At the start of the project, Jessica thought that her probability outcome would be a 19.1% chance of getting a ball inside a hoop. Before Carnival Day she said, “I am feeling very confident that it will work as I have tested it multiple times and even though my probability outcomes of winning aren’t skyrocketing high, I think there will be ways I can make it easier for people if I have to.”
After Carnival Day she said, “Overall, I found that my original probability outcomes matched my experimental probability outcomes. Only 3.8% of people didn’t miss on any of their throws, whilst 76.2% missed at least once. Overall, The Ring of Fire was a fun and interesting game. I didn’t think the overall percentages were going to influence the entire game as much as they did, but when I realised that only one person scored the top score of 300, I was a little rattled. I think if I had made the hoops a little larger and used lighter balls, I could have had a larger success rate. If I were to run my game again, I would change my data collecting system and make it a tally system. It was a good experience learning the maths behind it and seeing how the results panned out. I found it really fun and hope that I to do similar things in the future.”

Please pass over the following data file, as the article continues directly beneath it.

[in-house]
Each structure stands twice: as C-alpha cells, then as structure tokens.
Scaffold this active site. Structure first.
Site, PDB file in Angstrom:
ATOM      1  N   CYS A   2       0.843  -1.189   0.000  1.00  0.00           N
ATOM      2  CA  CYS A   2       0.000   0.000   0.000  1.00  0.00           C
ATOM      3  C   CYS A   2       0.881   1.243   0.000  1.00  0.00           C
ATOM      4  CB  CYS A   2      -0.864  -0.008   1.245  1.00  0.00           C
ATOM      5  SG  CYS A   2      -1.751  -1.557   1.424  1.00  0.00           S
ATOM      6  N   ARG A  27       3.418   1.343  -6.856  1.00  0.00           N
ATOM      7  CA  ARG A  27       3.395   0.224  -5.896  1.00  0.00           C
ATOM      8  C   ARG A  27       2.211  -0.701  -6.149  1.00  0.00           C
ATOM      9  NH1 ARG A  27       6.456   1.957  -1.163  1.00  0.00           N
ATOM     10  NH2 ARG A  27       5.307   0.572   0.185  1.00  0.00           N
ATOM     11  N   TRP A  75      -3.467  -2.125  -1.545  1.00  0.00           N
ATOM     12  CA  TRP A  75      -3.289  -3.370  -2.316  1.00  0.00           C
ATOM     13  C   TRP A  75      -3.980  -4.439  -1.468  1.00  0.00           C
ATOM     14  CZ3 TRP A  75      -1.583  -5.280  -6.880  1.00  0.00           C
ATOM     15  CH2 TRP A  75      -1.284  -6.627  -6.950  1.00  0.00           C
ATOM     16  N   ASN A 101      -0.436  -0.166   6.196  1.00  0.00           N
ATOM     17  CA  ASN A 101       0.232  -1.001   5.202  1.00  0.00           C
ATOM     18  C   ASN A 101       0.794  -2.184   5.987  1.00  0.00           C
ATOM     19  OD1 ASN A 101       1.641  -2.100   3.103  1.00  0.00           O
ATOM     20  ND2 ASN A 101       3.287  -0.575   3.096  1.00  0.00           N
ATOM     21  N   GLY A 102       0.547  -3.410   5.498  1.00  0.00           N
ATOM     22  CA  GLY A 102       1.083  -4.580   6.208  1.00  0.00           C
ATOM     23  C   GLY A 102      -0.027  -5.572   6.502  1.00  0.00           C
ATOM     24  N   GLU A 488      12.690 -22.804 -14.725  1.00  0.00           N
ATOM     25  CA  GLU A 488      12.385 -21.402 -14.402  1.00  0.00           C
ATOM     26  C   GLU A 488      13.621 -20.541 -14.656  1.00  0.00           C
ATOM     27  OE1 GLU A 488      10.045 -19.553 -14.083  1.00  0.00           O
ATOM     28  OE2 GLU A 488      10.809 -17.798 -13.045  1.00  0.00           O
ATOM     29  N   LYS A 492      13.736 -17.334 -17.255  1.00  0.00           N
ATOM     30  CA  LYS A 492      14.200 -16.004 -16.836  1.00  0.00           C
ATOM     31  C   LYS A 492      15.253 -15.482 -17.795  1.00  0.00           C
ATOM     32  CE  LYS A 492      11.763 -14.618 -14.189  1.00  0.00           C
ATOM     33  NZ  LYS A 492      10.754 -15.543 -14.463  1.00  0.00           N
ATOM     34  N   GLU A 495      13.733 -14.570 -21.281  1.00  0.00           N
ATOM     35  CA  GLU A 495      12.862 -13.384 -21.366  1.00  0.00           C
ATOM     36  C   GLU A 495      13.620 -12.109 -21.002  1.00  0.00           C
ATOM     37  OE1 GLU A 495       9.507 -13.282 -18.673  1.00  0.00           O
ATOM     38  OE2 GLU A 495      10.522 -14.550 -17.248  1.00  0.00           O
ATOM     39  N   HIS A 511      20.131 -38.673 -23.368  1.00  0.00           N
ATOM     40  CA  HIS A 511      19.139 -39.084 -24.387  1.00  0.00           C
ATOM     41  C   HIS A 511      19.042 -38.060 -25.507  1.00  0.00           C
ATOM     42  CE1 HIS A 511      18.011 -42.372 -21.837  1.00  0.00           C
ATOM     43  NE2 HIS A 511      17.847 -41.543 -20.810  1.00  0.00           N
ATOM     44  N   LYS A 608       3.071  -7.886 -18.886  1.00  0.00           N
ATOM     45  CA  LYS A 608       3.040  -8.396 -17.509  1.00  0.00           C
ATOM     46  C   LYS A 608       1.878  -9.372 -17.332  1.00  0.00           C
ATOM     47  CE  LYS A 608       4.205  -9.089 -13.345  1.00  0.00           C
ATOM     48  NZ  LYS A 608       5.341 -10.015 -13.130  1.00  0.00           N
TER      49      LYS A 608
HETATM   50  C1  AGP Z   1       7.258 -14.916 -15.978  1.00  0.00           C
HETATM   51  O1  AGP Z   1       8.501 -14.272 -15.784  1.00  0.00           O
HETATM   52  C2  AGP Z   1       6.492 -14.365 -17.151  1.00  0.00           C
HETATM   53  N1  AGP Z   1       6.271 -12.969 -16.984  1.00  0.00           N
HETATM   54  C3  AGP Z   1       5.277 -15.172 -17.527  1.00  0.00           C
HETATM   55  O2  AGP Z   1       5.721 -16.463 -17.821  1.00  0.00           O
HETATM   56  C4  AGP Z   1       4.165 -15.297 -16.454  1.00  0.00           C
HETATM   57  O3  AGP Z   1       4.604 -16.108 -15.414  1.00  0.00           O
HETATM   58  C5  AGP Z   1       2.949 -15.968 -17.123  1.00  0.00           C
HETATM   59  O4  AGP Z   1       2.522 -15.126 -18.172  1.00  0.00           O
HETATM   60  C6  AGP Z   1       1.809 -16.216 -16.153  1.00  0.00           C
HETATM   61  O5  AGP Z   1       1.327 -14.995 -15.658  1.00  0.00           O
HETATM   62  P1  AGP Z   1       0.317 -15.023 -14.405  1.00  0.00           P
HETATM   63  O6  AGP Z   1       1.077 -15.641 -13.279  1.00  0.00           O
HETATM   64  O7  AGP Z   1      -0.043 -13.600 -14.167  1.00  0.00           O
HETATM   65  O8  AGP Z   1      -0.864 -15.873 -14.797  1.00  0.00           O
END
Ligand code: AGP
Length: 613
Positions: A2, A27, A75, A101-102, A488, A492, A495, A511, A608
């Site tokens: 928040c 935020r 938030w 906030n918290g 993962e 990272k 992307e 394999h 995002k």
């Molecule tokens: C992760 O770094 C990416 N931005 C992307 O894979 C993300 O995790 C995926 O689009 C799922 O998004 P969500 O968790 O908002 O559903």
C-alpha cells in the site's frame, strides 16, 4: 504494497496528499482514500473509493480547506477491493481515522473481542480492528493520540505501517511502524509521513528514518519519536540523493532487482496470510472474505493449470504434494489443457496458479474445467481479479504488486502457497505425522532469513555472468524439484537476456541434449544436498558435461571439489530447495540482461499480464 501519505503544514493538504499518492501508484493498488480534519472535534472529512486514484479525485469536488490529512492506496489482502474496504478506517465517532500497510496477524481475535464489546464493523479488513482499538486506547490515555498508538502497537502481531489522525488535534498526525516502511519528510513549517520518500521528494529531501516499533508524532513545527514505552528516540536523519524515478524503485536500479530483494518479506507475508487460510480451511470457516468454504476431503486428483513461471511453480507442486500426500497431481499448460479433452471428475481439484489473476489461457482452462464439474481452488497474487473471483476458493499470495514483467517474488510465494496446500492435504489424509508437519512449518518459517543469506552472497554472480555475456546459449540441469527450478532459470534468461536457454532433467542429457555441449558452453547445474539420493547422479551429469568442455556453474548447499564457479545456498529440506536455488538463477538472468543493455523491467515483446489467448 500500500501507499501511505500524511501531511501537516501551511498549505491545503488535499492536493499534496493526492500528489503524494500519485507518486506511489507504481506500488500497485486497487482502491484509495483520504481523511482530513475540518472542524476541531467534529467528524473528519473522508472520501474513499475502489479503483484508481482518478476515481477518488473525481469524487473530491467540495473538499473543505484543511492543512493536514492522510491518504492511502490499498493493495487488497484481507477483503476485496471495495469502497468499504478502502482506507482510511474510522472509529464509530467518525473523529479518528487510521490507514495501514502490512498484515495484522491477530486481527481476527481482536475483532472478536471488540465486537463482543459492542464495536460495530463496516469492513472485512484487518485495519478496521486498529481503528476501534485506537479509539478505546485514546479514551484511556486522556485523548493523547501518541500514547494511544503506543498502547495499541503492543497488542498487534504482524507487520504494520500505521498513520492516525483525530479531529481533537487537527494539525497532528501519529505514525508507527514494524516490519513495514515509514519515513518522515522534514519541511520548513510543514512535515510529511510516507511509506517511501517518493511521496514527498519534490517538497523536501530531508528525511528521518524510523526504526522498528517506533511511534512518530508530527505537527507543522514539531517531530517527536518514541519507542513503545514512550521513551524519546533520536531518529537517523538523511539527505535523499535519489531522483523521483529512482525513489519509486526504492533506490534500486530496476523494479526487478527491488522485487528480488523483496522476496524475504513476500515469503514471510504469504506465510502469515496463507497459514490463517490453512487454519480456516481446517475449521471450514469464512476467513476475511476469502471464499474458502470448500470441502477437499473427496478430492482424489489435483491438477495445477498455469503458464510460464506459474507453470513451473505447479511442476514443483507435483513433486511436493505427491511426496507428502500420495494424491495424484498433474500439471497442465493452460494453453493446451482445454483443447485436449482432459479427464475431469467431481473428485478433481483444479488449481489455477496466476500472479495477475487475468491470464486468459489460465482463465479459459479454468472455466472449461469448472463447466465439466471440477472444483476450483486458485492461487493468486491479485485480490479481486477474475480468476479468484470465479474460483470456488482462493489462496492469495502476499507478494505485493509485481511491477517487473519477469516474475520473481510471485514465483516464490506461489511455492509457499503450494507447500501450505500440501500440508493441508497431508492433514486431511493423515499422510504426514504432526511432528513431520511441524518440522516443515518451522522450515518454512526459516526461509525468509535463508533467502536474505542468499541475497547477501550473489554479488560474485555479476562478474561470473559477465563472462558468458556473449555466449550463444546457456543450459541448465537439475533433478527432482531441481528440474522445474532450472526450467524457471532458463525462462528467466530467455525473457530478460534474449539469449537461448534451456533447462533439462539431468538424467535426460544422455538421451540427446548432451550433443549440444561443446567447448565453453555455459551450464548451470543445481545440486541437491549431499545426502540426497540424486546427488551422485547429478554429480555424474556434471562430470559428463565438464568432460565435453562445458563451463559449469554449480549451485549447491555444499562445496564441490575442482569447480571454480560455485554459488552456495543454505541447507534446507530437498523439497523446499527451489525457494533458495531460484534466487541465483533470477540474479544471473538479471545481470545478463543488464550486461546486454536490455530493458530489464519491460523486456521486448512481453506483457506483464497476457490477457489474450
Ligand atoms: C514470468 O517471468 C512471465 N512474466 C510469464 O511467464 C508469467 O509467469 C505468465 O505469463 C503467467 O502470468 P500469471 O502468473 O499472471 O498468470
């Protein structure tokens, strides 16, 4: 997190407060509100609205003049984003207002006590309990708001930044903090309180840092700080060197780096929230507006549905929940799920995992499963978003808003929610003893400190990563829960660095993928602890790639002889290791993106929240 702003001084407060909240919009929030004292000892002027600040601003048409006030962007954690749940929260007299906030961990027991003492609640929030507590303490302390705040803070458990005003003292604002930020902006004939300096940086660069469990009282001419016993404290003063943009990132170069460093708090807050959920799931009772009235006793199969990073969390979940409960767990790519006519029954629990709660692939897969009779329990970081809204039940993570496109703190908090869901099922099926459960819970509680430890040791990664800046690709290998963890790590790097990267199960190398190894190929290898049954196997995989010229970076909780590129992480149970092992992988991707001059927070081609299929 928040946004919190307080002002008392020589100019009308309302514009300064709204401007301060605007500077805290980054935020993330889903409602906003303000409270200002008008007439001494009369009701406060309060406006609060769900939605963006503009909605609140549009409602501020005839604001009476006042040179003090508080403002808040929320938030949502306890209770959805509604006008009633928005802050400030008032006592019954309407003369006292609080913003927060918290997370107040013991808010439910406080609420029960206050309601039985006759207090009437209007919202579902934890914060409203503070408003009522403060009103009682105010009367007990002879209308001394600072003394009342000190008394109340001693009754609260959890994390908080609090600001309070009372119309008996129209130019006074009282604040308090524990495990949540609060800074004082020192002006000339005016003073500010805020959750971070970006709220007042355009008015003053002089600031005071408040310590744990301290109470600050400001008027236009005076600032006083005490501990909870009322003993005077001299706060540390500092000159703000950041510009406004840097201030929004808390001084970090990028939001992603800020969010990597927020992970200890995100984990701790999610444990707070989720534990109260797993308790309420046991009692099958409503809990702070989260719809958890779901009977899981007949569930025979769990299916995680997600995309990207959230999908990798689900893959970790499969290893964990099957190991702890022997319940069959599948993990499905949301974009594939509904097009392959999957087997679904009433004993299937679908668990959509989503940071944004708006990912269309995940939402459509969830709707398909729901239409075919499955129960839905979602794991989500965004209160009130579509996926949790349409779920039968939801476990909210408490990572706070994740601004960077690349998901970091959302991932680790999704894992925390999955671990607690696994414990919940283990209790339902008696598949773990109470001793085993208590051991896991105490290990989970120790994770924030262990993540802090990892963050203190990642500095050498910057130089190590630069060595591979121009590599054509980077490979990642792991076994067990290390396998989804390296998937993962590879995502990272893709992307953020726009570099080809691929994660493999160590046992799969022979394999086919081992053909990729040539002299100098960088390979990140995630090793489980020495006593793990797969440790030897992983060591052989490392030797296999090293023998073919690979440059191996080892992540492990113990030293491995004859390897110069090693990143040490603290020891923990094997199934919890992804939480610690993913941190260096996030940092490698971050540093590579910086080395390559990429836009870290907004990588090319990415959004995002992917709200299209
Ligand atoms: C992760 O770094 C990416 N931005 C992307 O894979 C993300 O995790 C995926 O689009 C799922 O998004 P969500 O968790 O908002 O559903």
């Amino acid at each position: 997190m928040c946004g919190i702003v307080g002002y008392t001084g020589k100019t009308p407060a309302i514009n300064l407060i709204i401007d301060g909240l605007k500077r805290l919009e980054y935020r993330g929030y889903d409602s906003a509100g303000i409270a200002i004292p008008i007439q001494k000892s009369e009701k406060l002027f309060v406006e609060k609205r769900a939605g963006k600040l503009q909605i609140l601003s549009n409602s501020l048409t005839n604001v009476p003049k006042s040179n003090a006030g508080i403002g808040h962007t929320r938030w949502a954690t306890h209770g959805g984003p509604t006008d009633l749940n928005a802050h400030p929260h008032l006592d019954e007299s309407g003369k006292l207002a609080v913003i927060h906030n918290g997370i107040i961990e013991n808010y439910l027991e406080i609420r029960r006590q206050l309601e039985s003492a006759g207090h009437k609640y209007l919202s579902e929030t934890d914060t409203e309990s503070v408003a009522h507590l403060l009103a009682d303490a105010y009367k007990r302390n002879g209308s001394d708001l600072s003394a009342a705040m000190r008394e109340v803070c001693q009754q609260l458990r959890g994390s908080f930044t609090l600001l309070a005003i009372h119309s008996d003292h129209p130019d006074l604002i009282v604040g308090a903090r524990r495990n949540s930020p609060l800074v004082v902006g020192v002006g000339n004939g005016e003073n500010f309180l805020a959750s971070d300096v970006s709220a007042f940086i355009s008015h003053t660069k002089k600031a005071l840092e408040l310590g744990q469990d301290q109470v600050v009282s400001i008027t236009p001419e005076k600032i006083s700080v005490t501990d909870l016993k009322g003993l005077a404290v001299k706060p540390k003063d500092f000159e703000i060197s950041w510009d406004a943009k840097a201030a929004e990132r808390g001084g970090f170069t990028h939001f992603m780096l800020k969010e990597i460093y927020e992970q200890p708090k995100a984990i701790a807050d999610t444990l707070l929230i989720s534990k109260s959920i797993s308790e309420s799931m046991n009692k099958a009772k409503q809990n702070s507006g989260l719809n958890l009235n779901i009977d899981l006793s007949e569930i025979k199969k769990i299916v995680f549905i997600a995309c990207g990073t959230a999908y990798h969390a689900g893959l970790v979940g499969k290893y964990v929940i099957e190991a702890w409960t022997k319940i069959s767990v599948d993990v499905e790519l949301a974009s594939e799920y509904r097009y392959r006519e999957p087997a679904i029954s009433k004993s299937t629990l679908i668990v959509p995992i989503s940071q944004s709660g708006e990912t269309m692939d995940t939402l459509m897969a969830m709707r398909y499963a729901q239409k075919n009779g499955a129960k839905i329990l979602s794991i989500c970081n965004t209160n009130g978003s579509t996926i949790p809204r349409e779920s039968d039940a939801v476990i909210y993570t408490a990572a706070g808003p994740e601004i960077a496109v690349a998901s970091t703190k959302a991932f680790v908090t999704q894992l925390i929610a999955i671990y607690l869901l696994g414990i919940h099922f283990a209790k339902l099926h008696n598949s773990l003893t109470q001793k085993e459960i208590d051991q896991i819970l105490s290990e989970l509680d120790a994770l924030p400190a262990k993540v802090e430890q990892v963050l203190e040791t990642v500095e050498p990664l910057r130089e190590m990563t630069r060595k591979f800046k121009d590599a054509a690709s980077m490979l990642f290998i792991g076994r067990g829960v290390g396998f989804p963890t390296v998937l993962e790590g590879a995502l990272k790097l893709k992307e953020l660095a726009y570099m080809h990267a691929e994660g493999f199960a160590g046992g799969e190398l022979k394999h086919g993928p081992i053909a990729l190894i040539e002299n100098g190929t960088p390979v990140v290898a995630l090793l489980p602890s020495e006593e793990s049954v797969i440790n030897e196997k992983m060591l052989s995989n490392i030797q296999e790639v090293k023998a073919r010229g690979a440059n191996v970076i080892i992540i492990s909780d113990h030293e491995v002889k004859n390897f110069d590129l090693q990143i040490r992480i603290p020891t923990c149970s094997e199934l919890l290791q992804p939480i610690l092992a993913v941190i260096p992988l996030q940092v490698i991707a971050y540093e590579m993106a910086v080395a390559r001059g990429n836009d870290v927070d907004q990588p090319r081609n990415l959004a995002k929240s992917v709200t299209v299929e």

Bronte created a game of probability called Fishin' Hole. Players had to use a fishing rod (made using a chopstick and string) with a magnet to ‘catch’ ping pong balls inside a box. There were 20 ping pong balls in total, numbered from 1 to 20. There were two lucky numbers: 2 and 12. If players caught these balls, they would receive 5 tickets and win the game. Each player was allowed three turns, leaving any of the ‘catches’ outside the box each time.